dwarka-tjThe complex also has a canteen, a post office, a facilitation centre, and separate libraries for judges and lawyers apart from the police station and judicial lock-up. Could not find a white shirt in the morning? There is a TJ’s outlet, a Tihar Jail initiative, where white shirts sell as briskly as their famed namkeens.

The facilitation centre provides all the information the litigant or the lawyer might need about matters taken up during the day and the courtrooms where they will be heard. Coupled with the digital display boards outside every courtroom, it goes a long way in making life simpler for those with business before the court.

Mr. I. S. Mehta, the honourable district judge, who has been at the helm of affairs here since the inception of the complex, has a very hands-on approach in running it.  “When we took possession of the complex, none of these amenities were around,” he points out, “Since then we have kept adding user-friendly features to it.”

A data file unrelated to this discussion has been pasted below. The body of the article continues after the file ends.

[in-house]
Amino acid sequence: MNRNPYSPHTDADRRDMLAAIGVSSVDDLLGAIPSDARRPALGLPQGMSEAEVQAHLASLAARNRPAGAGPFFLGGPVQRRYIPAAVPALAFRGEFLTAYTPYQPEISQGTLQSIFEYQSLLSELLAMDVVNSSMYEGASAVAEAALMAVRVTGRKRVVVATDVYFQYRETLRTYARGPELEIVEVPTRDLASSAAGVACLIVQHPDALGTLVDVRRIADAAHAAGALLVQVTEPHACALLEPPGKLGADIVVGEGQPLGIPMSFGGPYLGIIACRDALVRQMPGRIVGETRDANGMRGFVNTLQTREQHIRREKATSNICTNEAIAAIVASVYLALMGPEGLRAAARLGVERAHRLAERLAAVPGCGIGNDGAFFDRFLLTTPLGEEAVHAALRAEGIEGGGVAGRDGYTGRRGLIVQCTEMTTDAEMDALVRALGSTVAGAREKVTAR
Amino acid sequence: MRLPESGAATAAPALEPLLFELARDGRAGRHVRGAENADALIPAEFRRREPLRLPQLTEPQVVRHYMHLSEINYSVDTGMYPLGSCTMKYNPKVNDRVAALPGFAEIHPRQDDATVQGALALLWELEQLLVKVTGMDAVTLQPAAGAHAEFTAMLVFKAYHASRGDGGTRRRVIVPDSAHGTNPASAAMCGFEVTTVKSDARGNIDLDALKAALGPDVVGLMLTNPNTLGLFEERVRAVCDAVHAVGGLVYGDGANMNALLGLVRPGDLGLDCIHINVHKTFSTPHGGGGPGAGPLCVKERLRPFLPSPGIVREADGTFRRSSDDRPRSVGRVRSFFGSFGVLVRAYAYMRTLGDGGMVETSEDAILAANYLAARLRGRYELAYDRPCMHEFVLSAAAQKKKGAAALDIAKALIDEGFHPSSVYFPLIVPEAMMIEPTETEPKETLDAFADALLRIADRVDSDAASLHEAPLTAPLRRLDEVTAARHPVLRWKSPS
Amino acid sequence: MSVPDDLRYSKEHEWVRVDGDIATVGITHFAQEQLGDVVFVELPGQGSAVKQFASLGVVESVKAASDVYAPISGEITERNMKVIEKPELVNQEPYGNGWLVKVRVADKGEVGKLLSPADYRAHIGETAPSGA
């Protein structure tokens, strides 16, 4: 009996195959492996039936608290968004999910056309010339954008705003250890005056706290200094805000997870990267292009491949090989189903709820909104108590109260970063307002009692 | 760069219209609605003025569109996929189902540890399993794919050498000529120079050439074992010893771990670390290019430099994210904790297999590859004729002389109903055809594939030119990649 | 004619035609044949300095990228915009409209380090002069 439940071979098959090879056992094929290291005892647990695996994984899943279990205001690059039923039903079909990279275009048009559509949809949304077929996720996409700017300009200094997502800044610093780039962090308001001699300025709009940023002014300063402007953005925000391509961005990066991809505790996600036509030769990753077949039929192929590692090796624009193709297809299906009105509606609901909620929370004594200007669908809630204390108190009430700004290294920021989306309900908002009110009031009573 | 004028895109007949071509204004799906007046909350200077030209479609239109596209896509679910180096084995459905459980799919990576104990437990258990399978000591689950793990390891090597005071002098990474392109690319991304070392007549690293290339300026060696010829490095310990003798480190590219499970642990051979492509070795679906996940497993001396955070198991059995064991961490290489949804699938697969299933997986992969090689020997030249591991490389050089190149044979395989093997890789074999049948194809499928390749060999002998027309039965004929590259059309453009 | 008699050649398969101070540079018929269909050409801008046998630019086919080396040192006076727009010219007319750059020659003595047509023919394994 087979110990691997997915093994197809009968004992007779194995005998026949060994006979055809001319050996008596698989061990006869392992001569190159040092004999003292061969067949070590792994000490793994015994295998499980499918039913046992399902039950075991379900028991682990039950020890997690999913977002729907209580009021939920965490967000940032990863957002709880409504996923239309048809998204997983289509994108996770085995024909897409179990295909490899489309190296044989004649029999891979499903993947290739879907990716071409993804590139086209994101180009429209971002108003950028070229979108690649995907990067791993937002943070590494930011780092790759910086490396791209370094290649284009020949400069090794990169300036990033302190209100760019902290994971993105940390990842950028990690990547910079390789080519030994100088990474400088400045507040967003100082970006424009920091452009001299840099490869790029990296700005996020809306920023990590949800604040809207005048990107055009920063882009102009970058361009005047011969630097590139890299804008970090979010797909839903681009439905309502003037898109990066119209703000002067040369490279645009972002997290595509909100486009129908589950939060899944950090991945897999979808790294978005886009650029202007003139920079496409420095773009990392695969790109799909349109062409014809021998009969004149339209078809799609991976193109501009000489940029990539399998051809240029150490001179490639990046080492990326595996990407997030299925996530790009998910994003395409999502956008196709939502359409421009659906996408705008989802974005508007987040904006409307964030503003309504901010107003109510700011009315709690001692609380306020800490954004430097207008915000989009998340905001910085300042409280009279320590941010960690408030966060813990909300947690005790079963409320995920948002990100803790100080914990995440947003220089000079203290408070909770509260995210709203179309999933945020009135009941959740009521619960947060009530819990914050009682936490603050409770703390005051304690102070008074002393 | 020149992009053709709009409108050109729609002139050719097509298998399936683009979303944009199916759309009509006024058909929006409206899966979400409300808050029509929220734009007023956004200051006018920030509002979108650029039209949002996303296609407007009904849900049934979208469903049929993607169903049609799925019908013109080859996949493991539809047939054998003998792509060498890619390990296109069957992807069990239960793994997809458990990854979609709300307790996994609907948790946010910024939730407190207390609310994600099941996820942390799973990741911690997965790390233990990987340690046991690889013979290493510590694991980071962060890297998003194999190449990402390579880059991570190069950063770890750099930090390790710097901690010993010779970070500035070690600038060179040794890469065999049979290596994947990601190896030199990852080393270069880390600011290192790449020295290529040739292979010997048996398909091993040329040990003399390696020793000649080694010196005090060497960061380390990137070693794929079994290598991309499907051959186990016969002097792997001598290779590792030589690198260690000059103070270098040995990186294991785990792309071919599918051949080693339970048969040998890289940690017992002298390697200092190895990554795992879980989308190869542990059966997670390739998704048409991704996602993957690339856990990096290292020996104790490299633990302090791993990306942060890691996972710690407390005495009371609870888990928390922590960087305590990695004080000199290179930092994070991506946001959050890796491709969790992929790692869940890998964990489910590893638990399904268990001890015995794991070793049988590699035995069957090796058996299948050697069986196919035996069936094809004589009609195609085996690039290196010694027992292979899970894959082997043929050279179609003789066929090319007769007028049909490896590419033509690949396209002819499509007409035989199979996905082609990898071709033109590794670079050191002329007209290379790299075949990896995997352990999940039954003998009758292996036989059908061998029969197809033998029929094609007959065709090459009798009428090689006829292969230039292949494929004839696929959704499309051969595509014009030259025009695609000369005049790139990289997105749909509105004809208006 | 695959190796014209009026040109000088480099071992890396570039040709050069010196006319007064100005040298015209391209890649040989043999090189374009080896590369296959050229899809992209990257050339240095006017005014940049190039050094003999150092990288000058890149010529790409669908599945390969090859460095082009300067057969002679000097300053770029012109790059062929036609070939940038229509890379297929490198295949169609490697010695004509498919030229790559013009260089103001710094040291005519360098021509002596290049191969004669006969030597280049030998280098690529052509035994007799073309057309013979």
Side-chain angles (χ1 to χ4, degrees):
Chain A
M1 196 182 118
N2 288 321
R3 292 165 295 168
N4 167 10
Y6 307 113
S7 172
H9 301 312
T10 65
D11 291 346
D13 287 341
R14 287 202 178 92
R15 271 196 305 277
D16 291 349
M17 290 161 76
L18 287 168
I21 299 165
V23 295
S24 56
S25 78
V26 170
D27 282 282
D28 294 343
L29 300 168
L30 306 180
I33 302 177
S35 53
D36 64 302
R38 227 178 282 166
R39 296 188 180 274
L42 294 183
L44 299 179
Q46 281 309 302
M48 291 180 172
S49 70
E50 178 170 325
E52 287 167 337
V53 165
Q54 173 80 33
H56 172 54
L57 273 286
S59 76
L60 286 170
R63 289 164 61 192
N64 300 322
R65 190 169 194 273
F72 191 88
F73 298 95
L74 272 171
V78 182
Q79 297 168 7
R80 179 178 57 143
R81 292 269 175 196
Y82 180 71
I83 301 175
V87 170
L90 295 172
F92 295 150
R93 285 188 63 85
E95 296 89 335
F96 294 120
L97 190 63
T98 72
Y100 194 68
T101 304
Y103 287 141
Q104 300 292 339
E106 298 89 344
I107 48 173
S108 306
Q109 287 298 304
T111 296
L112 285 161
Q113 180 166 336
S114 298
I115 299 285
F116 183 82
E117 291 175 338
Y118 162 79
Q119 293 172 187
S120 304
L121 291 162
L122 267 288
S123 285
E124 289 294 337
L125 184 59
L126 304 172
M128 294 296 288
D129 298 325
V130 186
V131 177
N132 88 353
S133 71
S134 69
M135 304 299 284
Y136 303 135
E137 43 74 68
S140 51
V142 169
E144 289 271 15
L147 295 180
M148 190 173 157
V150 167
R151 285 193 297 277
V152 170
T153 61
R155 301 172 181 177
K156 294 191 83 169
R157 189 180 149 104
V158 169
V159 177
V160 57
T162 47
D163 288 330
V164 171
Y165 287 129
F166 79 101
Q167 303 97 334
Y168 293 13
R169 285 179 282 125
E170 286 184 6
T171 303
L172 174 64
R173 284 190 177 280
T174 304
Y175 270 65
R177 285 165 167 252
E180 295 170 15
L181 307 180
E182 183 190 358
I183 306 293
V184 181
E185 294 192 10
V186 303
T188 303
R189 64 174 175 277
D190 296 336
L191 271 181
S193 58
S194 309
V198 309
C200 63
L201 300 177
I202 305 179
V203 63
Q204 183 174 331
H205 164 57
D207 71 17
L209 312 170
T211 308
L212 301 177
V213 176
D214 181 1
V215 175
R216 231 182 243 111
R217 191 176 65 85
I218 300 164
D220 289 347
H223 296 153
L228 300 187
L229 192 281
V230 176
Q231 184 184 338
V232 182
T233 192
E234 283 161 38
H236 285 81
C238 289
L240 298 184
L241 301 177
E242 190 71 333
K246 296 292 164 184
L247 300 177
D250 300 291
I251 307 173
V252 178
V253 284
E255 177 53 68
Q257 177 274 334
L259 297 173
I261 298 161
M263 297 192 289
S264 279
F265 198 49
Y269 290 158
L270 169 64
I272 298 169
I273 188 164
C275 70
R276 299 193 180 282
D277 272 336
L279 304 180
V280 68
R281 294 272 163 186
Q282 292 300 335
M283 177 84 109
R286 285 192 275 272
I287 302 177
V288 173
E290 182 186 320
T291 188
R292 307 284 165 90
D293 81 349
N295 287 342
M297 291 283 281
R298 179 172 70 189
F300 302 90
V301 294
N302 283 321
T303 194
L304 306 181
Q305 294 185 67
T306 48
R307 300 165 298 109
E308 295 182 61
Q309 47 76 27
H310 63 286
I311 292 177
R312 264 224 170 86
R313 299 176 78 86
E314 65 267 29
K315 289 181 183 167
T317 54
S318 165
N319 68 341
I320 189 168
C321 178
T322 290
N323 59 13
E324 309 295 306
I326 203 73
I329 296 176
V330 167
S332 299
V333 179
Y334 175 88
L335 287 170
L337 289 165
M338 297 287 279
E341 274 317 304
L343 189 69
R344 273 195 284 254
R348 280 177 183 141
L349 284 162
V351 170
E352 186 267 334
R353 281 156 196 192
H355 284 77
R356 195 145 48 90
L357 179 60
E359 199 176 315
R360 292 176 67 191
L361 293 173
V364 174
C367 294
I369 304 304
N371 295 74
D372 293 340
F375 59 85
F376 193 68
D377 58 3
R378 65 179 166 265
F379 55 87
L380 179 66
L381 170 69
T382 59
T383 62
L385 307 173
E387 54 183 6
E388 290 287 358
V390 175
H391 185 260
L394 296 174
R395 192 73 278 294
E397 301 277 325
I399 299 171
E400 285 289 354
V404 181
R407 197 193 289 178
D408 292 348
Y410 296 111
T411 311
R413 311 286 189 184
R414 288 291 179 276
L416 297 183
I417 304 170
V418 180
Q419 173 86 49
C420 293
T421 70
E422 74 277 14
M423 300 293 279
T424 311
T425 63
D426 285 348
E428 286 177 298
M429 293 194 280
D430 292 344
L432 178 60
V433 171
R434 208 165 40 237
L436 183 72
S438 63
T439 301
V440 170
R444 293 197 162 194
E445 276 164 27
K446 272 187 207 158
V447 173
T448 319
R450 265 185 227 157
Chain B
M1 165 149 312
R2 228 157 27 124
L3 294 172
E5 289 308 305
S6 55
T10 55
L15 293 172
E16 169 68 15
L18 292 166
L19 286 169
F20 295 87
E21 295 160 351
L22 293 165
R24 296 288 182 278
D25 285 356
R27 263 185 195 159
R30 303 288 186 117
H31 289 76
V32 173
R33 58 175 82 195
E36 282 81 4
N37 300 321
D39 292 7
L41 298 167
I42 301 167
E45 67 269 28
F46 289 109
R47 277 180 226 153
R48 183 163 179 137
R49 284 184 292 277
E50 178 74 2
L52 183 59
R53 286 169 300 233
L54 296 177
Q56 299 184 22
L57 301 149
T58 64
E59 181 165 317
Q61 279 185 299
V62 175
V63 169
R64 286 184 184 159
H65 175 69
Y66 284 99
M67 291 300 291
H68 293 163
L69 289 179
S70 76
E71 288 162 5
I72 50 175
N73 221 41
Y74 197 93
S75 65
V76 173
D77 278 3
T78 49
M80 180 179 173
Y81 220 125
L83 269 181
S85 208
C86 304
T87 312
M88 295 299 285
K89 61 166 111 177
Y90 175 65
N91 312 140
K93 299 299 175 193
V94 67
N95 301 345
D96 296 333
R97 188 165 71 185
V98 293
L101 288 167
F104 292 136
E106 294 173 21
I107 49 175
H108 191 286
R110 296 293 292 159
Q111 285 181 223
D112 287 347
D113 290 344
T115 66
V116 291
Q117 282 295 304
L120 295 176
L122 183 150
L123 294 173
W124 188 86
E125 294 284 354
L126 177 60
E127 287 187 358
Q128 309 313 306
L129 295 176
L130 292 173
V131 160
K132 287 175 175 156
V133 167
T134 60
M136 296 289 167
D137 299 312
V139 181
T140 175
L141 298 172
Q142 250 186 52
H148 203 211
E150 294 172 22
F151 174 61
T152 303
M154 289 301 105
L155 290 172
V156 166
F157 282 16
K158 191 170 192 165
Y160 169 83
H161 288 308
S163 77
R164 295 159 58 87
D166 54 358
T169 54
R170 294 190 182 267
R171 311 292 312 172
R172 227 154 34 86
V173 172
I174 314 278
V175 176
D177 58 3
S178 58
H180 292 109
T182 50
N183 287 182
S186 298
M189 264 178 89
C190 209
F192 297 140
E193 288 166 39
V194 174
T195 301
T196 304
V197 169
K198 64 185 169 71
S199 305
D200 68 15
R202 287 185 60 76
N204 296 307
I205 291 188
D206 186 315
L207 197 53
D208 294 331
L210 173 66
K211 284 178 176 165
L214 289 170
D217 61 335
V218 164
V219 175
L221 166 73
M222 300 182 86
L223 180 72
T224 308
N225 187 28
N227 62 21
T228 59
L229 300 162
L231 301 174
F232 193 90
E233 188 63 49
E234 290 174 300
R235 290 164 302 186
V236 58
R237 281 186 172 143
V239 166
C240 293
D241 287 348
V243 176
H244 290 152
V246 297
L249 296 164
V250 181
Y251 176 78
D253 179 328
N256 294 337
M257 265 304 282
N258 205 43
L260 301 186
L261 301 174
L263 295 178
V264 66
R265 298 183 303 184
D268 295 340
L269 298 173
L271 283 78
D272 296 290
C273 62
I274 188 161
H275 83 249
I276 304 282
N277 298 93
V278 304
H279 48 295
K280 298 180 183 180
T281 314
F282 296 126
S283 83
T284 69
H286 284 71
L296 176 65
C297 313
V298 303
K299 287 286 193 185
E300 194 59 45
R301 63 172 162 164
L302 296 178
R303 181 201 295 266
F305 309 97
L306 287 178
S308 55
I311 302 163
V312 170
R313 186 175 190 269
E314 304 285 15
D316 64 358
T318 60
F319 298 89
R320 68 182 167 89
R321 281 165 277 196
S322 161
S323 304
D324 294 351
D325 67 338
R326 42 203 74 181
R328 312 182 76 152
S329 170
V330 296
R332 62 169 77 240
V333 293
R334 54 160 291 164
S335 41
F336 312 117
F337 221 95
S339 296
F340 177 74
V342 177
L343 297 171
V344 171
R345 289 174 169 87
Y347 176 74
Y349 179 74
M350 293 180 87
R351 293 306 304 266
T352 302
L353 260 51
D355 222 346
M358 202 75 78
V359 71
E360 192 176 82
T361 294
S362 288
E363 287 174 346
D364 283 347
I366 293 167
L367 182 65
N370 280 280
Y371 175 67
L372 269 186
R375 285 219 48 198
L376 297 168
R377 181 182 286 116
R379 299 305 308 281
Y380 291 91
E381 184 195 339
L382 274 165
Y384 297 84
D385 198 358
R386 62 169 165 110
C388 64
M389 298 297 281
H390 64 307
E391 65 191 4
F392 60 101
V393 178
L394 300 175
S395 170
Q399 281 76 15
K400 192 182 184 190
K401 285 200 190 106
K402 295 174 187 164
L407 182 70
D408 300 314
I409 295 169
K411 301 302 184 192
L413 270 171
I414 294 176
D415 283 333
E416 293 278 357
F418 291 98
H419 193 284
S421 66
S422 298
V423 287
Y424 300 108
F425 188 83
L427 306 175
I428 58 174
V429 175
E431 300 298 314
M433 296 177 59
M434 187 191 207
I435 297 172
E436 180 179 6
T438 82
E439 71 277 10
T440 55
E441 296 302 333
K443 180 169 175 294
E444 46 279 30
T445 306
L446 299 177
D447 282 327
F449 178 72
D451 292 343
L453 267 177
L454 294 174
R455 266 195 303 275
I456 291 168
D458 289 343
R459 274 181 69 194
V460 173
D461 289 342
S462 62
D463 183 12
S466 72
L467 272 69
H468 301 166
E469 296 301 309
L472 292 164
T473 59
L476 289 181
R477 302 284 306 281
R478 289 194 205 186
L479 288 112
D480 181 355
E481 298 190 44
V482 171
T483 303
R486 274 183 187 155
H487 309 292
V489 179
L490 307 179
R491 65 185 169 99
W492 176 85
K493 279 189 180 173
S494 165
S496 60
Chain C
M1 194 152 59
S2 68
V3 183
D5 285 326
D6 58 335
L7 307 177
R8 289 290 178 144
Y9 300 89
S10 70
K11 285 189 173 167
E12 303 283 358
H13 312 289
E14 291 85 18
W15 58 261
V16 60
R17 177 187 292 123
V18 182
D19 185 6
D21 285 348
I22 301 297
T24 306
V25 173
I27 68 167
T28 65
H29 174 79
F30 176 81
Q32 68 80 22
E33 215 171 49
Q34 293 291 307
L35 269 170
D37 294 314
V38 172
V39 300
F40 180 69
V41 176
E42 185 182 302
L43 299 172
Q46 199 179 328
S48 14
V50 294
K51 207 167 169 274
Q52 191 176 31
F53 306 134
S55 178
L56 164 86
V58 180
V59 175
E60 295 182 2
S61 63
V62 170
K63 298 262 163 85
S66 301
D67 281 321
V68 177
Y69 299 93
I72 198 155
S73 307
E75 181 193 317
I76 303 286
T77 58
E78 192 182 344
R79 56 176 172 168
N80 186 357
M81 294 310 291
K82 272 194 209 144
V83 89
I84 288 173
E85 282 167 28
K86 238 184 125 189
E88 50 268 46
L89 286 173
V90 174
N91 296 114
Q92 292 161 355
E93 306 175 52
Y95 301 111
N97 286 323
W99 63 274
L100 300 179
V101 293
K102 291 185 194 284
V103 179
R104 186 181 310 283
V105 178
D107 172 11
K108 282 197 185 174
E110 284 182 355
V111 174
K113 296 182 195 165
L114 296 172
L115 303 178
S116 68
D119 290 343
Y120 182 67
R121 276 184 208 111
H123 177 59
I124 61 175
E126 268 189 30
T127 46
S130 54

The court is also in the forefront in the use of technology. Video-conferencing enabled courtrooms are extensively used in deposing in such sensitive matters as rape cases. A new biometric attendance system will be in place from next month for employees.

The lawyers’ chambers go a long way in adding to the dignity of the complex. It provides consultation rooms to lawyers at a nominal amount. “Chambers are essential for the efficient functioning of lawyers. The facilities provided in other (Delhi) courts are hardly conducive for business,” said Mr. P. S. Singh, Secretary of Dwarka District Court Bar Association, as he was overseeing the final work on the chambers on the sixth floor.